A new home for lighter No. 2

Norfolk Island owes a debt of gratitude to a fleet of locally built wooden lighters used to unload cargo ships for over 165 years from the arrival of the Pitcairn Islanders on Norfolk Island.  Retired in 2022, these boats will forever be a reminder of an important Norf’k tradition and the skill and labour of our men in undertaking the essential activity of ‘werken shep’.

Lighter No. 02  has recently come to The Pitcairn Settlers Story, with a specially built viewing platform. No. 2 was built by John Christian-Bailey and completed in 2003. It was used in continuous service until the entire fleet of locally built lighters was replaced in 2022. John had been commissioned a few years earlier to build his first lighter, continuing a long and important tradition of skilled local boat builders replacing older lighters as they finished their useful life. The last lighter to be built on the Island was completed by John in 2016.

As Norfolk Island lacks a deep water port, when cargo ships arrive they anchor about one kilometre offshore where the cargo is unloaded into a lighter which is then towed to the pier by motorised launch. Lighters are open boats about 10 metres in length and built of Norfolk pine with a hardwood keel, stem and stern. Around 4,000 copper nails are used, together with locally made stainless steel bolts. On Norfolk, the lighters design evolved from whale and longboats used in the open seas on Pitcairn Island. Over the years they were adapted to be able to carry increasingly large amounts of cargo by being widened and deepened.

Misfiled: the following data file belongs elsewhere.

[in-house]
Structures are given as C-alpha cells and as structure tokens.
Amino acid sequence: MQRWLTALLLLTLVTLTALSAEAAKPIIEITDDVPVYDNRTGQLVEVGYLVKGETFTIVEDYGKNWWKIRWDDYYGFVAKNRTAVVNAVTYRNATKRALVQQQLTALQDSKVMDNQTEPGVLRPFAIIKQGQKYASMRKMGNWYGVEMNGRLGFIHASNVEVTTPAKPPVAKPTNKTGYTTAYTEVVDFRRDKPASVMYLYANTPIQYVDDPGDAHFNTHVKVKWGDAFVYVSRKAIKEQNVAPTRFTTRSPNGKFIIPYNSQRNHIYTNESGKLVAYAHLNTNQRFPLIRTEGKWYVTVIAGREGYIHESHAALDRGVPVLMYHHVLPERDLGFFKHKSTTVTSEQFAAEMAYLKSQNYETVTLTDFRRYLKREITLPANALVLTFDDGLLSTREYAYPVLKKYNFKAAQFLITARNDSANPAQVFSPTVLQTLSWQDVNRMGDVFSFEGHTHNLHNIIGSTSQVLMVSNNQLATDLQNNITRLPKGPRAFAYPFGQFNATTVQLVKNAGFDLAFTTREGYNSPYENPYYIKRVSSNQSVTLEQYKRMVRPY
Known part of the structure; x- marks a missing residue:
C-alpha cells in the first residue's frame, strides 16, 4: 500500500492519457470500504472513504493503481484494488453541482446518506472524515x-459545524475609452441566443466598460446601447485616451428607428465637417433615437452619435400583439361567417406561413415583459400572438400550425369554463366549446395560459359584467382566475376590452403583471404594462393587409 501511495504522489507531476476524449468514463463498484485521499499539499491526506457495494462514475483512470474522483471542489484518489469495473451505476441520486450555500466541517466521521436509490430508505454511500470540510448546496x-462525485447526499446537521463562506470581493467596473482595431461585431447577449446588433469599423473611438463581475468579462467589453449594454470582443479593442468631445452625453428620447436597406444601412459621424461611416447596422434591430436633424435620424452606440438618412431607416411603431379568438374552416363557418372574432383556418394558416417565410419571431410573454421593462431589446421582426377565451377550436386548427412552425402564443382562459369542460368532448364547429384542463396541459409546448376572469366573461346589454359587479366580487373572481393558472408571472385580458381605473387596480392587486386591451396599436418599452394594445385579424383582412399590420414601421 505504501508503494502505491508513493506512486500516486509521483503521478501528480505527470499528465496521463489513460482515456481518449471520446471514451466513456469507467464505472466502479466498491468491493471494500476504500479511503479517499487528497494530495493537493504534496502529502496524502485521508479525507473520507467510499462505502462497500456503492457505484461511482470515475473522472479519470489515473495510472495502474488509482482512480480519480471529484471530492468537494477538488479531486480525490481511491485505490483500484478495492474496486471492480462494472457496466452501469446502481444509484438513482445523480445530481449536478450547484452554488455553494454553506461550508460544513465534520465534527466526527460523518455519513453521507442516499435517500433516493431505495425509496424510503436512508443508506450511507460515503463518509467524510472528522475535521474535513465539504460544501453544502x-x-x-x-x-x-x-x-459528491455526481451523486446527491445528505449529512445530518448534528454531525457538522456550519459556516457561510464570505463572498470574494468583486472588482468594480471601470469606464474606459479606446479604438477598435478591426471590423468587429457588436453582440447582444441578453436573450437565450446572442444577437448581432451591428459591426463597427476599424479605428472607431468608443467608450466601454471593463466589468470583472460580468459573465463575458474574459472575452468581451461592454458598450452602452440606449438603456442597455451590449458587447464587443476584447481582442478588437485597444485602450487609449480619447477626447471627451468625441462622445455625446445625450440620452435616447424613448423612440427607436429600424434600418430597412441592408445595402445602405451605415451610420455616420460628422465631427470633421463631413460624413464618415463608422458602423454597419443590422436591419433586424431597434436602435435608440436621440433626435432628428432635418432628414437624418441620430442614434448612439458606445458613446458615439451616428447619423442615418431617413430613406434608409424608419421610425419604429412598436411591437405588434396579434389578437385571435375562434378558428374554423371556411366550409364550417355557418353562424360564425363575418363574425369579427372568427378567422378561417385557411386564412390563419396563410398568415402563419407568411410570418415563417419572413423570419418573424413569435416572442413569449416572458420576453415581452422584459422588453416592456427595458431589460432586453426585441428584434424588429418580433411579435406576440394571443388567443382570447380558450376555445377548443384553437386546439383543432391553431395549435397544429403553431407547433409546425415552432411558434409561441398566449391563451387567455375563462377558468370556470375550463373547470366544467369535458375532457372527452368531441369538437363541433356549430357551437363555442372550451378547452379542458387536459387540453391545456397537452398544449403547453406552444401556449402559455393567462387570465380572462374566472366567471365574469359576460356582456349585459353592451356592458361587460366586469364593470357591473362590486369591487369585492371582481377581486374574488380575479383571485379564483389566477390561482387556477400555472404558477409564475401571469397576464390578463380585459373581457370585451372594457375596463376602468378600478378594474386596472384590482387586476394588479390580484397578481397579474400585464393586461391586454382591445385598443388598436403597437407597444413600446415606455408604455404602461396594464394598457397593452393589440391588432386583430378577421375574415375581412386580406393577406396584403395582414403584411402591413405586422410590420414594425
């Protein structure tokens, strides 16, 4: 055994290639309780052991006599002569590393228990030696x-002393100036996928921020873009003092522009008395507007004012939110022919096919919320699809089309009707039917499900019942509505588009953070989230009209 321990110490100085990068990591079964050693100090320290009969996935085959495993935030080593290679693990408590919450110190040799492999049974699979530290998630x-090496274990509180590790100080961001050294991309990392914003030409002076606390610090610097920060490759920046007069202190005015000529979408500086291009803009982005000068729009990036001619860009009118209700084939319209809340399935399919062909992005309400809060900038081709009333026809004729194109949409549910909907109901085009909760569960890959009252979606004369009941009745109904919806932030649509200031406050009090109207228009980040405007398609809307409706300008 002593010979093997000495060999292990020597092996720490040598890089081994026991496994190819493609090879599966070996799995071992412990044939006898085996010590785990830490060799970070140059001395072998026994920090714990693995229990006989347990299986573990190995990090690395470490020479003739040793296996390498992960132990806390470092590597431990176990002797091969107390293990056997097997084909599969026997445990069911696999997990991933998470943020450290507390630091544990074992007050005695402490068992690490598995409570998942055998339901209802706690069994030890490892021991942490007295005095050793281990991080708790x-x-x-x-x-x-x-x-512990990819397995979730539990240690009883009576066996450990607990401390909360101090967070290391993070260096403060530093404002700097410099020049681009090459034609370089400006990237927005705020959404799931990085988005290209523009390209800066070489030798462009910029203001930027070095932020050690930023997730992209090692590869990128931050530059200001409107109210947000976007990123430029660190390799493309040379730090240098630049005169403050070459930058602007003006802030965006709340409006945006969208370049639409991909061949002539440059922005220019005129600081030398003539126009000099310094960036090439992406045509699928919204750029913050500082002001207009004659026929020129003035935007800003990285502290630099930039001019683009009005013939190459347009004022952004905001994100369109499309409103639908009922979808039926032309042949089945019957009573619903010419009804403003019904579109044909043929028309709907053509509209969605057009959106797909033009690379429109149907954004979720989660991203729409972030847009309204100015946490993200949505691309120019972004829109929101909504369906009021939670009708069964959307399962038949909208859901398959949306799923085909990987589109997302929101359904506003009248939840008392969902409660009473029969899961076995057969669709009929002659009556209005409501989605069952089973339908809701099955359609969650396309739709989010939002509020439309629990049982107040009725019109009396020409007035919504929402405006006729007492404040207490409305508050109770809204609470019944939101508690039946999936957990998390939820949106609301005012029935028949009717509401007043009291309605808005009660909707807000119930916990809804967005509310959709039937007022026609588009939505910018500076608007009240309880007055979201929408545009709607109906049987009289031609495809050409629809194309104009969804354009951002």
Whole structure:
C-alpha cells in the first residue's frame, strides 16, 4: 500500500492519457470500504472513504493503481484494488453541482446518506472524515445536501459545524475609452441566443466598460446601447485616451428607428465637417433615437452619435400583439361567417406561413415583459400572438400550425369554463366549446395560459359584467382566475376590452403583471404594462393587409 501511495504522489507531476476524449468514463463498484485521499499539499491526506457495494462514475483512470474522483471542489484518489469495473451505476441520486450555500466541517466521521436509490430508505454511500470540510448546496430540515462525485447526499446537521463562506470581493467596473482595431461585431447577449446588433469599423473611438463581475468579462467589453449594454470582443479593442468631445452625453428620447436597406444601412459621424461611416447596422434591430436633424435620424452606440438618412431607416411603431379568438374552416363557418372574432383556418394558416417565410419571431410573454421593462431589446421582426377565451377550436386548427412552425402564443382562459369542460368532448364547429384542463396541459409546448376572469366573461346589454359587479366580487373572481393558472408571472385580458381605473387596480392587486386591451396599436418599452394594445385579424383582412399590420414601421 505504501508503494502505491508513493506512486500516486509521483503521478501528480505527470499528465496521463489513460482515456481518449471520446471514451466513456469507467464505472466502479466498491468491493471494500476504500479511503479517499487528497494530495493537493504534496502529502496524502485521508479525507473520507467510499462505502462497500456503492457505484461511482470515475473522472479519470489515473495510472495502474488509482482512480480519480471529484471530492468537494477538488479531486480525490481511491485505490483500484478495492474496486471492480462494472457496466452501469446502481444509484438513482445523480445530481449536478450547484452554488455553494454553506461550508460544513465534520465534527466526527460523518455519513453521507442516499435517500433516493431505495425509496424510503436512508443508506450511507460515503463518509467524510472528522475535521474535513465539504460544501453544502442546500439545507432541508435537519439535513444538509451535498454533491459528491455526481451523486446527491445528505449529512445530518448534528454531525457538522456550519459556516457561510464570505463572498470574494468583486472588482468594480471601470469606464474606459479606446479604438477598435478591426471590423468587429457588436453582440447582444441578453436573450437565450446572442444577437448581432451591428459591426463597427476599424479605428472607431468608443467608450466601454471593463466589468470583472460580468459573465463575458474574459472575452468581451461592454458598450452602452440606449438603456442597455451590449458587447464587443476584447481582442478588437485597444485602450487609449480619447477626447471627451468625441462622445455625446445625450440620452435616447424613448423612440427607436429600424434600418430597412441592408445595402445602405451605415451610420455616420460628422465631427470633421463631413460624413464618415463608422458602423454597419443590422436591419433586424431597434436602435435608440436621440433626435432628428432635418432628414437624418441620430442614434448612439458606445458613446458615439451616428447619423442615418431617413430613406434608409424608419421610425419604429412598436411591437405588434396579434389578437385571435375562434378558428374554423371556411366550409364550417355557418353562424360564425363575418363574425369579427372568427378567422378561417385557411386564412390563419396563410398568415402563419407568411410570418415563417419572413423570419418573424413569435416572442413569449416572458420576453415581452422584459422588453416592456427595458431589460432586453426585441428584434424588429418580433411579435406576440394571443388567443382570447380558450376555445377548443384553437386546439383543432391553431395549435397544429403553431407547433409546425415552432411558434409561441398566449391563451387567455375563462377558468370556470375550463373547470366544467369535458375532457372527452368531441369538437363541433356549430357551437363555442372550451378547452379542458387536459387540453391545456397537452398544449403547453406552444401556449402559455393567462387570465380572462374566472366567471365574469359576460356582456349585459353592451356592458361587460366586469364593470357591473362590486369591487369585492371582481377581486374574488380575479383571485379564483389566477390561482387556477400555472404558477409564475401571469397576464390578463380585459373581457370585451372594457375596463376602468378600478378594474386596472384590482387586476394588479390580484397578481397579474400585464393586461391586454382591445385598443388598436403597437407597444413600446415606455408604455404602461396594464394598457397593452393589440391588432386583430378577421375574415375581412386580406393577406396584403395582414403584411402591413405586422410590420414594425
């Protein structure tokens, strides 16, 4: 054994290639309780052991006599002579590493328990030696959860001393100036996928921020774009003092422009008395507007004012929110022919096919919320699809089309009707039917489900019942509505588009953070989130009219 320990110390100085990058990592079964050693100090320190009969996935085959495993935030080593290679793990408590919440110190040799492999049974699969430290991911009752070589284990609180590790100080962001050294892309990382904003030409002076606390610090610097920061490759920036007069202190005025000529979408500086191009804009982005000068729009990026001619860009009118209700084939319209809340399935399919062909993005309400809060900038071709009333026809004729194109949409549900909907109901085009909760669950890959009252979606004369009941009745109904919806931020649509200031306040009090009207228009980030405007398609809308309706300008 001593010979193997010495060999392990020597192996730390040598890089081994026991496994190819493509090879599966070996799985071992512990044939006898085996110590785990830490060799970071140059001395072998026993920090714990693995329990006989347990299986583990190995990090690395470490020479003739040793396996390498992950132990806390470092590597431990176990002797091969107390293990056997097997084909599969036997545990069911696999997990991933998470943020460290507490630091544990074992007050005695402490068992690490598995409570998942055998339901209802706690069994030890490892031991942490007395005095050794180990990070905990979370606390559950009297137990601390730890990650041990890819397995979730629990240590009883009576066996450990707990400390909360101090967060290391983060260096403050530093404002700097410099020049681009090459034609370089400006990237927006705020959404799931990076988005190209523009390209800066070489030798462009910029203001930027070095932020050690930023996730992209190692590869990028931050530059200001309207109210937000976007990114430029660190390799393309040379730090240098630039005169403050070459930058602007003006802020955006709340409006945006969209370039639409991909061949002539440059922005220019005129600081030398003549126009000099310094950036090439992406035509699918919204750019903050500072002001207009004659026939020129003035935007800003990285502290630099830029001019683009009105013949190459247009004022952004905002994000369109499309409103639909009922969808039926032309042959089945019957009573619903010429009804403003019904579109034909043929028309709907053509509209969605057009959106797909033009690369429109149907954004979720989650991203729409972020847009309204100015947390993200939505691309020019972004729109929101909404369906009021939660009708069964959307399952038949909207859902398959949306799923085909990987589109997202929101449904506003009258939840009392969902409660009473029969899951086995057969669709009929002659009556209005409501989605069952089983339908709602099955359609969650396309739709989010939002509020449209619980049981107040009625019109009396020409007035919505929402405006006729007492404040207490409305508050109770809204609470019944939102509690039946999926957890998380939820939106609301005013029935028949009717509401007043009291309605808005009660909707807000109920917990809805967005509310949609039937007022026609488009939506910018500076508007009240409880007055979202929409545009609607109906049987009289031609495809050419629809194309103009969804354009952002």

When a cargo ship arrives the team of lighterage workers immediately put all other work commitments aside to attend to unloading the boat. Lighterage operations can be hazardous as waters at the piers can be 1 metre or less at low tide and 1–2 metre swells also occur. Expert boat handling knowledge and seamanship is required, skills that have traditionally been taught by Norf’k elders to the younger men.

To ‘werk shep’ is hard work requiring long hours over an intense usually 2-4 days depending on the tonnage to be unloaded and sea conditions.  Cargo is lowered over the edge of the ship and transported in the lighters on pallets or in nets. At the pier the lighters are unloaded using a mobile crane. For larger items such as busses and trucks, two lighters were strapped together using hardwood poles to provide stability. Livestock, timber, steel and other heavy items were also expertly carried to shore on these wooden lighters.

Using Norfolk Island built lighters, on a good day an average of 600 tonnes could be unloaded.

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